That morning I was “woke.” In our modern vernacular a definition of woke might be a reference to how folks should be aware of current events in our society, especially as it pertains to the influence and use of power over people who are disenfranchised and marginalized. I wondered how I might use my white privilege, seminary education, and burning desire to make a difference in these days and weeks to come.
The language of power and the skills learned in the Community Organizing and Congregational Leadership certificate program has enlarged my understanding of not only the mechanics of power but that the crossroads of church community and the larger community has greater potential then I imagined.
One definition of power might be the ability to dictate norms, and create and enforce narratives in any given space. The opportunity to manipulate people, situations, and circumstances can bring out the best in some folks and the worst in others. Power in and of itself is neutral. The heart and ethics of the one wielding it will determine how that power is expressed and perceived by others.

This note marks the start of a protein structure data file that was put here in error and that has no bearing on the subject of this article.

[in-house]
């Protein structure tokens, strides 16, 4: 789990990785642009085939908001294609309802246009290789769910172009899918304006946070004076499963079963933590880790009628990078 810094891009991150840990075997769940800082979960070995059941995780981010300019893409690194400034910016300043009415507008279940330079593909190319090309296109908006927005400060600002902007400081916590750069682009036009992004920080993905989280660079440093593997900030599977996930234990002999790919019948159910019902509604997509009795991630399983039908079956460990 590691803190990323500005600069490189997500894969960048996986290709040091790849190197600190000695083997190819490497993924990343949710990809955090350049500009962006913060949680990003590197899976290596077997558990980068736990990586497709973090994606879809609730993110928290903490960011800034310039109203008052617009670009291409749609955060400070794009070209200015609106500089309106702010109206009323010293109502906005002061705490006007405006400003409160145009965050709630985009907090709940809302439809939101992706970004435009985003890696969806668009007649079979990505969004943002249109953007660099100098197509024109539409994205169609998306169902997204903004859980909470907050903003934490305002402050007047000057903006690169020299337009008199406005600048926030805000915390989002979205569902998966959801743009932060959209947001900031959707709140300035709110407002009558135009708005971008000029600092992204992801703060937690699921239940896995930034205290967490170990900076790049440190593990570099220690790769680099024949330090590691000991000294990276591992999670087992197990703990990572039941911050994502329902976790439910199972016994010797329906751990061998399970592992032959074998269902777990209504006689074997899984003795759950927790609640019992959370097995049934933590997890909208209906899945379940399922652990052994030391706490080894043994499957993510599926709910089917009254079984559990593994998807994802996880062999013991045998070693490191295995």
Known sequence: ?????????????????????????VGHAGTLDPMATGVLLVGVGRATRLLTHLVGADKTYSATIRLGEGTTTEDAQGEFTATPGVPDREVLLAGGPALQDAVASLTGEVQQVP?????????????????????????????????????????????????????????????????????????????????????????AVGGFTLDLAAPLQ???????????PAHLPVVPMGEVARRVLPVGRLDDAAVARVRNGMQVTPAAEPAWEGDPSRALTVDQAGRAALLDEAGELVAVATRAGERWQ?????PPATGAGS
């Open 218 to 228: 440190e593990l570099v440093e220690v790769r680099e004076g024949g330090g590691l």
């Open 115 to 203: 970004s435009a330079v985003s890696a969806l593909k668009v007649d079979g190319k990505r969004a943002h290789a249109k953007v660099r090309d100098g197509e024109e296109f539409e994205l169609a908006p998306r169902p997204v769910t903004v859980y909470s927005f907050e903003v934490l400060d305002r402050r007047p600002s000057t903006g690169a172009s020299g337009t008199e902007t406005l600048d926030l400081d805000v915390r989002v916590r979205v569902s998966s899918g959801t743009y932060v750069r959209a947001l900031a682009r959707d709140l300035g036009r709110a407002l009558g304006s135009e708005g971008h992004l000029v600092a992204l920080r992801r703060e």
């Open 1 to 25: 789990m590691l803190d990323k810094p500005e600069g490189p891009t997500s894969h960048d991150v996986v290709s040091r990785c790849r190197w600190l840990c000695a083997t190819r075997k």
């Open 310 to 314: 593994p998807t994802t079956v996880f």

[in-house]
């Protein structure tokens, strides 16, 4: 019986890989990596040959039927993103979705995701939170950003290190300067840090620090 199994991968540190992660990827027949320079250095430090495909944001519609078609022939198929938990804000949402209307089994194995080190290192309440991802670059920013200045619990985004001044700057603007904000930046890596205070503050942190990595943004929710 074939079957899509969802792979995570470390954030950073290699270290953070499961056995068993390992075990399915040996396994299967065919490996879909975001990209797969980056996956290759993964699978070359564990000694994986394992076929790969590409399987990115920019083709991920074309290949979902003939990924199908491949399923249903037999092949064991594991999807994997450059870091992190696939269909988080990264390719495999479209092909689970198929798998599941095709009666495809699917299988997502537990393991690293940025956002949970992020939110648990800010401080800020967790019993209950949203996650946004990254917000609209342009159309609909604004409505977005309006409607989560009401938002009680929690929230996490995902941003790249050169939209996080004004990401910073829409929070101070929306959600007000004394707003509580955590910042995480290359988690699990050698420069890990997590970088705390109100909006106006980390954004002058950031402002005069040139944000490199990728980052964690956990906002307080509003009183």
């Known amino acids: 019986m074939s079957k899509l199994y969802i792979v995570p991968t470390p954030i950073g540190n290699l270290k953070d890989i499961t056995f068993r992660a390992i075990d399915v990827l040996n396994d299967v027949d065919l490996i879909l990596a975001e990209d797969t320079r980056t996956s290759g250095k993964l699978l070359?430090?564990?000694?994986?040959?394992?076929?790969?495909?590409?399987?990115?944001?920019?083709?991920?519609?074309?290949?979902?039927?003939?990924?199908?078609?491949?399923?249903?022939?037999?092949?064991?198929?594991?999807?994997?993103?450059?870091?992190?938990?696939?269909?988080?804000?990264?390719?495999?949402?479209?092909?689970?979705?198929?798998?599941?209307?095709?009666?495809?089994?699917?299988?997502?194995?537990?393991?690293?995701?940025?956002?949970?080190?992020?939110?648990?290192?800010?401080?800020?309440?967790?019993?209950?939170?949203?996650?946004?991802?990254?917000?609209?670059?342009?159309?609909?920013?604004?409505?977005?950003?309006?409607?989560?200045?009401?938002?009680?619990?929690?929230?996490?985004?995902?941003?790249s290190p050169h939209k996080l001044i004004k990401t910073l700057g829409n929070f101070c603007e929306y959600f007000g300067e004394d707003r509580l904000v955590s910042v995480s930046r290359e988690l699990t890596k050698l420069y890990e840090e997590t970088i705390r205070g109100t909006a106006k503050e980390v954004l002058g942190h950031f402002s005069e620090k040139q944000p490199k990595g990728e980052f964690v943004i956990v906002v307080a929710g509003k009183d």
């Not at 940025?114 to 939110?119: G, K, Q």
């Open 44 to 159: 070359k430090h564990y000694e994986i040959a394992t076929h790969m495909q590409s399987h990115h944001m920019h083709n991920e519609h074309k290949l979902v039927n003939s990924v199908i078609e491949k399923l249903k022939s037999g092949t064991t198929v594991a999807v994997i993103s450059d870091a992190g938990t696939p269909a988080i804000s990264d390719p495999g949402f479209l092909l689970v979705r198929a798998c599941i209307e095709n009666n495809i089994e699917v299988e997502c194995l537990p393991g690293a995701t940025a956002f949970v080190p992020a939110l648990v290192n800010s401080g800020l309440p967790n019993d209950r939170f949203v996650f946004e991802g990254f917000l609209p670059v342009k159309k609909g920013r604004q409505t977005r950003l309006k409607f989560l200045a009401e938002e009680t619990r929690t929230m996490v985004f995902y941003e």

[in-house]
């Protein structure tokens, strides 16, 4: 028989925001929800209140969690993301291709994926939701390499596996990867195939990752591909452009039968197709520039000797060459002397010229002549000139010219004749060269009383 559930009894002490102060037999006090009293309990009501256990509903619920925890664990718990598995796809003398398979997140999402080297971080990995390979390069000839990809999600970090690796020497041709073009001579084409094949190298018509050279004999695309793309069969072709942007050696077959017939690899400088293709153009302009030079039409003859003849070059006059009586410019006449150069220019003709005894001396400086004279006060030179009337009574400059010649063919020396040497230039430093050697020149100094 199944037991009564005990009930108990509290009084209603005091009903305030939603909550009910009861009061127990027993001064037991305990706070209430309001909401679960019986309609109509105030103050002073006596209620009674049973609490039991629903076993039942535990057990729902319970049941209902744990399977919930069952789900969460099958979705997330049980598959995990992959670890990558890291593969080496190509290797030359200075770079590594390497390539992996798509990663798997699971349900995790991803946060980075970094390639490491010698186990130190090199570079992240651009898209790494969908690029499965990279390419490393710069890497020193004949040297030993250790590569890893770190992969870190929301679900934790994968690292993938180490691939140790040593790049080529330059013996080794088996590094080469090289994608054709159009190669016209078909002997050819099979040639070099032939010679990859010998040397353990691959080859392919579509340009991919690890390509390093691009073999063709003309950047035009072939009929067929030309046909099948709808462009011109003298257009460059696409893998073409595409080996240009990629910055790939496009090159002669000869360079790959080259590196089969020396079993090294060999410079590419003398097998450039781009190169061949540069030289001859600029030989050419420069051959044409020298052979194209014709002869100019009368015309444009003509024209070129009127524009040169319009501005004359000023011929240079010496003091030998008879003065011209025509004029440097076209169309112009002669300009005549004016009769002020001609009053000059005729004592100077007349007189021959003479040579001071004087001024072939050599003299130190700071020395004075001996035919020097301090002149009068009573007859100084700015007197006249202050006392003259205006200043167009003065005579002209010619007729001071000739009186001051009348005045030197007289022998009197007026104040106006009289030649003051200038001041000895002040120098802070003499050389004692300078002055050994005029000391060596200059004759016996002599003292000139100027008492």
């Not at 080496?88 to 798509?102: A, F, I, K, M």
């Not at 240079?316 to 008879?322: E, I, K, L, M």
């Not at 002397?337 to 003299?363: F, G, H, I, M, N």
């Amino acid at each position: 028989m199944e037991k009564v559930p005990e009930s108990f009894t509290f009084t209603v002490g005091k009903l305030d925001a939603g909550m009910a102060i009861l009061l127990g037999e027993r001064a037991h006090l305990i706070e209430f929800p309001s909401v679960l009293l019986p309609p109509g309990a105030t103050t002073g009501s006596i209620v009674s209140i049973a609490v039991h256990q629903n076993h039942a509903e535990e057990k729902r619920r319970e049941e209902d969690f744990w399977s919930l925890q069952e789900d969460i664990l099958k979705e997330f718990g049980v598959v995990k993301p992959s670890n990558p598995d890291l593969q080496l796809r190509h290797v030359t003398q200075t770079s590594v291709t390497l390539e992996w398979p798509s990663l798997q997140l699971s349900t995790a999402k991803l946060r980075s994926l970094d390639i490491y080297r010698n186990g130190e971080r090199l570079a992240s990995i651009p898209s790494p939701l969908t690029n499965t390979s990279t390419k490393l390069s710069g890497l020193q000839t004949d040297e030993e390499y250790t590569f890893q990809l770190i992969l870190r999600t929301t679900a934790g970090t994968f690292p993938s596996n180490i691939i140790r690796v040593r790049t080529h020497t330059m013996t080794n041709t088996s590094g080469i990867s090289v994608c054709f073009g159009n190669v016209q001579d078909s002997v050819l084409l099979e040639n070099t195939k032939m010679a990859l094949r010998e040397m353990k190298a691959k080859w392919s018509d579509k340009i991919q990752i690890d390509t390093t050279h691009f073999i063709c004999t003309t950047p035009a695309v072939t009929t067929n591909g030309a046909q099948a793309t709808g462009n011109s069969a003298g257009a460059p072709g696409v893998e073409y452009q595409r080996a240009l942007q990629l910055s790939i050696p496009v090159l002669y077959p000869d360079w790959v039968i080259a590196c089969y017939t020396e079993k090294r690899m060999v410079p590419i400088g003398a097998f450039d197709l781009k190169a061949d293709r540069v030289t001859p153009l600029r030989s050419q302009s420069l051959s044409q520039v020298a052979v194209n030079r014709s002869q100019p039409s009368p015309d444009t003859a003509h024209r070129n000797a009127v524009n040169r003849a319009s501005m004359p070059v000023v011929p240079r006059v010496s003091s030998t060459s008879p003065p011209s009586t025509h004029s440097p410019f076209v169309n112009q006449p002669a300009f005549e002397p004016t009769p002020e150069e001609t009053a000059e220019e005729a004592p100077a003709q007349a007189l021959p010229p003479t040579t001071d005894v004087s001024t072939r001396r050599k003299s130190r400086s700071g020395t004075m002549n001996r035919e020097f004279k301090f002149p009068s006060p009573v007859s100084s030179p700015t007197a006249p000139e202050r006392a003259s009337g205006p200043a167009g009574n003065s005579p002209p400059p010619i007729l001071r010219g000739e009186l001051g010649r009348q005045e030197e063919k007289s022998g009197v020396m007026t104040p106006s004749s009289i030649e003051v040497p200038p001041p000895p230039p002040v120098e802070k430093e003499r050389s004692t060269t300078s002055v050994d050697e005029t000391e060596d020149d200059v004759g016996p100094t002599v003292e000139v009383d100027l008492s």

Power may also be defined as the ability to organize people and organize money for specific purposes. The organizing of a diverse group of people for specific goals or long-term synergy is intentional and relational. It requires months, perhaps years, of face-to-face meetings between individuals or groups of individuals to find and articulate communal goals and paths to meet those goals. The ability to raise money in support of these goals, independent of grants or corporate streams, allows the group to maintain its independence and become a force to be reckoned with in local, county, and state agencies.